To determine how much water you need depends on how much will thoroughly wet the soil around the roots. When a growing Hibiscus is receiving plenty of water, you can tell by all the green foliage and the ample amounts of blooms. However, when the Hibiscus plant does not receive enough water the plants growth and flowering begins to slow down. Eventually the tropical Hibiscus will begin to wilt. At this point you can still save the plant by adding water and keeping an eye on it. The bad part is that the future growth and flowering will be affected.
I found when watering my growing Hibiscus I will water them once and as I finish with my other tropical plants I go back and water them again. This way I know the water is making its way down to the root ball and not just soaking the surface. Remember every tropical plant is different so do what is best for yours.
Fertilizer for Hibiscus
Fertilizing your Hibiscus plant plays an important role for the tropical plants growth. Regular feeding of the proper fertilizer will insure your growing Hibiscus to bloom beautifully and continue with healthy growth. When choosing a fertilizer you want to make sure it has three different elements.
1) Potassium helps the Hibiscus plant in all aspects, whether it is, drawing water to the plants cells, which hydrates the leaves making the leaves lusher, to assisting in photosynthesis. Potassium is not constructed into any section of the plant. Its sole function is to lock into chemicals to make the process work. When the plant begins to show signs of stress those floating ions (potassium) can easily be lost.
Basically Potassium floats around in the plant, in no given area. Kinda like you would in a pool on a raft. If a section needs help he comes to the rescue. However, if the plant is struggling those are the first to go.
2) Nitrogen is another important element for Hibiscus plants. Nitrogen is used in the plants enzymes, chlorophyll, proteins and in majority of their metabolic process. You want to have a medium dosage of Nitrogen because too much of it will cause the leaves to burn and too little will bring the Hibiscuses growth to a standstill. Using too much of Nitrogen over time will boost leave development rather than flower production.
3) Phosphorus is one of the elements that you want very little of. Some plants may require more however Hibiscus are not one of those plants. Phosphorous holds up other minerals and nutrients which will not allow the roots to absorb the proper foods.
Example of Fertilizer Numbers:
12 - 4 - 12
Nitrogen Phosphorus Potassium
I have spoke with several different nurseries that are currently growing Hibiscus to find the best products and procedures.
One example: one week fertilize with miracle grow and the next week throw some Epsom salt around the roots.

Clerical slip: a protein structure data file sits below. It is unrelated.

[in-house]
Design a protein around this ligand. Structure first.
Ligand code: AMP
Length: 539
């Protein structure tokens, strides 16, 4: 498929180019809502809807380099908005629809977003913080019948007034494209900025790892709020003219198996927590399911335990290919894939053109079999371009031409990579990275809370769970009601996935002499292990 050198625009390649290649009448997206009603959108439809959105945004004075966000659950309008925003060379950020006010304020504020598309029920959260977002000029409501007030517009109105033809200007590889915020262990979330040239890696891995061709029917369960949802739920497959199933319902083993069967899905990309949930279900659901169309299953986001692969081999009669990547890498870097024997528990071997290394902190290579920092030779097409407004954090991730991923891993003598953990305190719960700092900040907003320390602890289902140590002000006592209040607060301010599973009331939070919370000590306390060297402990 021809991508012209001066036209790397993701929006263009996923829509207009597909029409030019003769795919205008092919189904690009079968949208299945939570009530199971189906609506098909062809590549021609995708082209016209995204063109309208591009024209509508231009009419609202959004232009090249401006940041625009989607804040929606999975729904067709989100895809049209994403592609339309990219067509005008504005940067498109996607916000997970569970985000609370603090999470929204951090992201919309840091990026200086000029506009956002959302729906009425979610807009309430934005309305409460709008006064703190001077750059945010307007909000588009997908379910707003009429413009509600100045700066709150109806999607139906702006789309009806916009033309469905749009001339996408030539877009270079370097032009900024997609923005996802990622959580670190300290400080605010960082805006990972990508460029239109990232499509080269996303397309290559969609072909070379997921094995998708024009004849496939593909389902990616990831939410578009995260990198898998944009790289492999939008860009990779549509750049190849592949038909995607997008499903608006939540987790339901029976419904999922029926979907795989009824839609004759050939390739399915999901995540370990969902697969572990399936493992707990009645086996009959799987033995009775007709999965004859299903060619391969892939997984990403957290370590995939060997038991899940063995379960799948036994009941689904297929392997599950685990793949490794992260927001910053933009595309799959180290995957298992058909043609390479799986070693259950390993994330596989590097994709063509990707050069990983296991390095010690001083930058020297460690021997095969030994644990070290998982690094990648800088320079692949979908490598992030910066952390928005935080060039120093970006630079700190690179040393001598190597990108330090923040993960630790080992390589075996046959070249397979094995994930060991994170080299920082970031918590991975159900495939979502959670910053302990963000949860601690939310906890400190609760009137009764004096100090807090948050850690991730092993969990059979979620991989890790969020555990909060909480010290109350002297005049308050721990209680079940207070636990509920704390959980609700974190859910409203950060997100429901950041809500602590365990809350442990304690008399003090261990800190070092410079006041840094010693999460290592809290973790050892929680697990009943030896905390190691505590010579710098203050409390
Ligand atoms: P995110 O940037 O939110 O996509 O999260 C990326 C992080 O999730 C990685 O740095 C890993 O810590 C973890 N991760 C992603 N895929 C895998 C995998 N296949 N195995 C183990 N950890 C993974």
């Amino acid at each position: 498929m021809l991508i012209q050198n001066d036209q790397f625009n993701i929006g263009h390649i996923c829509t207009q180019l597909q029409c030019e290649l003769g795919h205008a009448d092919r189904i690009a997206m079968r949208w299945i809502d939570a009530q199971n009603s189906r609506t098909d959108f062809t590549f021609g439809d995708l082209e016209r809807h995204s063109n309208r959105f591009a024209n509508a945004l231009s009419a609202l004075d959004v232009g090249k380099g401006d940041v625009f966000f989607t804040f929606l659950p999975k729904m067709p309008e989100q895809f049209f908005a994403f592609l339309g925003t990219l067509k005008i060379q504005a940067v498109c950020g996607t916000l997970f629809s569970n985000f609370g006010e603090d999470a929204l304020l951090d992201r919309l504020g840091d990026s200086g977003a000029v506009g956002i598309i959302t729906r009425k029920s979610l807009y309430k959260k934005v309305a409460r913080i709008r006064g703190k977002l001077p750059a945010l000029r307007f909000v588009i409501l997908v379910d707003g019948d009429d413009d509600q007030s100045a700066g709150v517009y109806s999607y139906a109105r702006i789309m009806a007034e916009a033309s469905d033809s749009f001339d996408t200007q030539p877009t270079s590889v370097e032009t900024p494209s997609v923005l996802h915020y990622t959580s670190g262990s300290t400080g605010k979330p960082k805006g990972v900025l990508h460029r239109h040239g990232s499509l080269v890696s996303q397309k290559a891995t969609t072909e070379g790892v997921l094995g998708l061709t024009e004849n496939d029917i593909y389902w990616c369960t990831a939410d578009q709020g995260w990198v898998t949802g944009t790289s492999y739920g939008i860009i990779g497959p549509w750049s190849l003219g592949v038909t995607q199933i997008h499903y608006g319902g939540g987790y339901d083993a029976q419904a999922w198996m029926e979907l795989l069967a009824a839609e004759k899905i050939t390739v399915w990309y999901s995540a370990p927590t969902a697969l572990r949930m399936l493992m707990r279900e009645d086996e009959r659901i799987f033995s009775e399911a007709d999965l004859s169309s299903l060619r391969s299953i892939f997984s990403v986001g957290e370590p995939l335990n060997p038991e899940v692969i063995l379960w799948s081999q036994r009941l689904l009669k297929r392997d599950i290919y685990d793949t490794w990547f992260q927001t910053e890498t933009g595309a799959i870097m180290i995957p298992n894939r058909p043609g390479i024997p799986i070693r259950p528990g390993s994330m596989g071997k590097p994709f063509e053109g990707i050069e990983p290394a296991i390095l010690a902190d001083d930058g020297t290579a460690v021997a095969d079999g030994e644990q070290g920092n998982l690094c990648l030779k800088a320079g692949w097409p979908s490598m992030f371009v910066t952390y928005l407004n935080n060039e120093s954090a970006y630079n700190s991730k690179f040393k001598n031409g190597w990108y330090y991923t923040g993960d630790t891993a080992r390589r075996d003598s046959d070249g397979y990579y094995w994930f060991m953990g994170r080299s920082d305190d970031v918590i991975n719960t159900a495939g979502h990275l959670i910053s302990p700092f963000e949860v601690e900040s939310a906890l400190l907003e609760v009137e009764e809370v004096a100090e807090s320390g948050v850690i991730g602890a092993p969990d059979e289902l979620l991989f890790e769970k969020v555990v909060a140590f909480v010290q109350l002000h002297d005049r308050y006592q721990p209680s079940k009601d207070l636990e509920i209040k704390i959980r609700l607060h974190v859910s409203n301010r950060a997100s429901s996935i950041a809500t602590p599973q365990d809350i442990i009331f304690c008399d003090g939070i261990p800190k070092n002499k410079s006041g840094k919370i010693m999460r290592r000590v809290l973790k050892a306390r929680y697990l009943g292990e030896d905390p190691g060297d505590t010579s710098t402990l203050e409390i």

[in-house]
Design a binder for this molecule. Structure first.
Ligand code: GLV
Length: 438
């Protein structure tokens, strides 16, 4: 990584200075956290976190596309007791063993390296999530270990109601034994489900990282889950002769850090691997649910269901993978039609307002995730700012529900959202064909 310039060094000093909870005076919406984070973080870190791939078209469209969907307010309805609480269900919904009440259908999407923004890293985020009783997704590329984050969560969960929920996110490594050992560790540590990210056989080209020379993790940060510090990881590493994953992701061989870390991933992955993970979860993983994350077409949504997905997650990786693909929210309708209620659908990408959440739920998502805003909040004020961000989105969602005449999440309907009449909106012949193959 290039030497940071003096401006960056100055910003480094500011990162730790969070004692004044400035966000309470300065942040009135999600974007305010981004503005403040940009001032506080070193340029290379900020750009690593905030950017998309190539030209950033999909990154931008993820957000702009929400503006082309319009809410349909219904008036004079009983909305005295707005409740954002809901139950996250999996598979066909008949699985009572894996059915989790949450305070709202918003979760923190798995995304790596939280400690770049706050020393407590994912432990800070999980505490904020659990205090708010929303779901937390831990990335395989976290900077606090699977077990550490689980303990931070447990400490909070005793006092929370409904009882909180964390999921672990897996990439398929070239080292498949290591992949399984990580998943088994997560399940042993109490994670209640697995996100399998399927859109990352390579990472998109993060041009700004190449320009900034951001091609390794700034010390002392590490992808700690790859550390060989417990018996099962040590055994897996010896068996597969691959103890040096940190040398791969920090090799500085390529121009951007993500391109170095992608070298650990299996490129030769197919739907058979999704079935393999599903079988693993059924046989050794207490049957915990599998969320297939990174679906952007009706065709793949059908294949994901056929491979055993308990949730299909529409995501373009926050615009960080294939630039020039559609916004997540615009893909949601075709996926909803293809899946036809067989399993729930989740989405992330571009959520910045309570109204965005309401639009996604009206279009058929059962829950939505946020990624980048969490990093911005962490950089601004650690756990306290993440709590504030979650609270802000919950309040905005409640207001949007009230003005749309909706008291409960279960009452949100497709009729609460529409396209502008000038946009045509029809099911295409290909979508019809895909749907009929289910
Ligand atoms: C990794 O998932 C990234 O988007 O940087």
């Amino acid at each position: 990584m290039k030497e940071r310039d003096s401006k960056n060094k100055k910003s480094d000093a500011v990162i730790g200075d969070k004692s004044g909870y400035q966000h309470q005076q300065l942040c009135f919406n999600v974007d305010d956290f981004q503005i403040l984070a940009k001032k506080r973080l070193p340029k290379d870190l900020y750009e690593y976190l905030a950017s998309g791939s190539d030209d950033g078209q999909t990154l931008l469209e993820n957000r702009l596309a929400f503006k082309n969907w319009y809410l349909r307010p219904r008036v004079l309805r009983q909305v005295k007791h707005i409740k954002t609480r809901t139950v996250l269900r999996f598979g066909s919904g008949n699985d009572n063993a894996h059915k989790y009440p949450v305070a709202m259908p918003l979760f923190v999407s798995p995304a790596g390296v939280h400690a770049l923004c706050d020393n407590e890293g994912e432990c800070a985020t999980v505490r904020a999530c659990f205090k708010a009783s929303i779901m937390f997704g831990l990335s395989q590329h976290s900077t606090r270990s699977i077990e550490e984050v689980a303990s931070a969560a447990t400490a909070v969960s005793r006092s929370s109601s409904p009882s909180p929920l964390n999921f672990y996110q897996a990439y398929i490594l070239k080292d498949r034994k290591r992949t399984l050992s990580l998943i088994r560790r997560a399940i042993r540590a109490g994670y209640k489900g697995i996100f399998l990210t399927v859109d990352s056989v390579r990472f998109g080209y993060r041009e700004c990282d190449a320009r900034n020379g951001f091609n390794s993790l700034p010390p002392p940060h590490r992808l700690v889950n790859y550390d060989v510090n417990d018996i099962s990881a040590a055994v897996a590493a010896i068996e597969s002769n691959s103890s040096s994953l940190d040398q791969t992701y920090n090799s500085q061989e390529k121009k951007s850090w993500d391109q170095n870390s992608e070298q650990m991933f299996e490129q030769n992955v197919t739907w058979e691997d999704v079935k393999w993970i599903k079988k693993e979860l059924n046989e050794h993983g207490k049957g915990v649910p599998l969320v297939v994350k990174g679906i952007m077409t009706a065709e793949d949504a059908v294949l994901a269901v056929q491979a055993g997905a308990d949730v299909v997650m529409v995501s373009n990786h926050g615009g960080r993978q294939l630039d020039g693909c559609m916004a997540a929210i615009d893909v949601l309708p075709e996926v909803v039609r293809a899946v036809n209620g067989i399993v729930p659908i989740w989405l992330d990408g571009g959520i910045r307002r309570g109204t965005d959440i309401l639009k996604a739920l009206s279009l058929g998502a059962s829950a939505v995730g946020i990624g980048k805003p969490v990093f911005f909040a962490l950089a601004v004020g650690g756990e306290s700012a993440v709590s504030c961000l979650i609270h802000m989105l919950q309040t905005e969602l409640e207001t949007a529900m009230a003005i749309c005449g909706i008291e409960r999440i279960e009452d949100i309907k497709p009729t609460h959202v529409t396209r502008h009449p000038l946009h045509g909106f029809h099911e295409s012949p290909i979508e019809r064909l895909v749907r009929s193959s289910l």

Second example: using a product called Dynamite. You can purchase this online or your local plant store. This type of fertilizer is time-released which means you only need to give it once during your growing season.
Any time you add fertilizer to your growing Hibiscus plants you want to make sure you follow the directions on the package. There are several ways to disburse the fertilizer.
1) Mix water and fertilizer in a container. This process may take you longer to disburse, due to the size of container. However, if you are only fertilizing one plant at a time this process would be the best choice.
2) Attach a proportioner to your hose. As the water fills the small container it will mix the fertilizer up allowing you to control when you are just watering and when you are fertilizing. This process allows you to fertilize a large area in one watering session.
3) If you have a drip system you can purchase fertilizer injectors and add them to your system.
TIP: Before fertilizing your growing Hibiscus wet the soil. When the soil is dry the nitrogen in the fertilizer can damage the plant by burning the roots.
Growing Hibiscuses are heavy feeders and would rather be fed smaller amounts often, rather than large amounts occasionally.
Throughout the spring and summer Hibiscus are actively growing. At this time you should be fertilizing often and on some kind of regimen.
Weekly= half dosage of what the directions require
Bi Weekly= Full dosage of what directions require.
If your schedule does not allow you enough time to fertilize as often as they require you can look into a time released fertilizer. Only negative about these fertilizers is that you may need to add a boost every couple months.
When the seasons begin to change to the colder months you want to slowly back off of fertilizing. The Hibiscuses active growth will gradually slow down and not require as much food.
During the colder months you will be cutting back on your fertilizing or not even fertilizing. This is the time that your Hibiscus becomes dormant.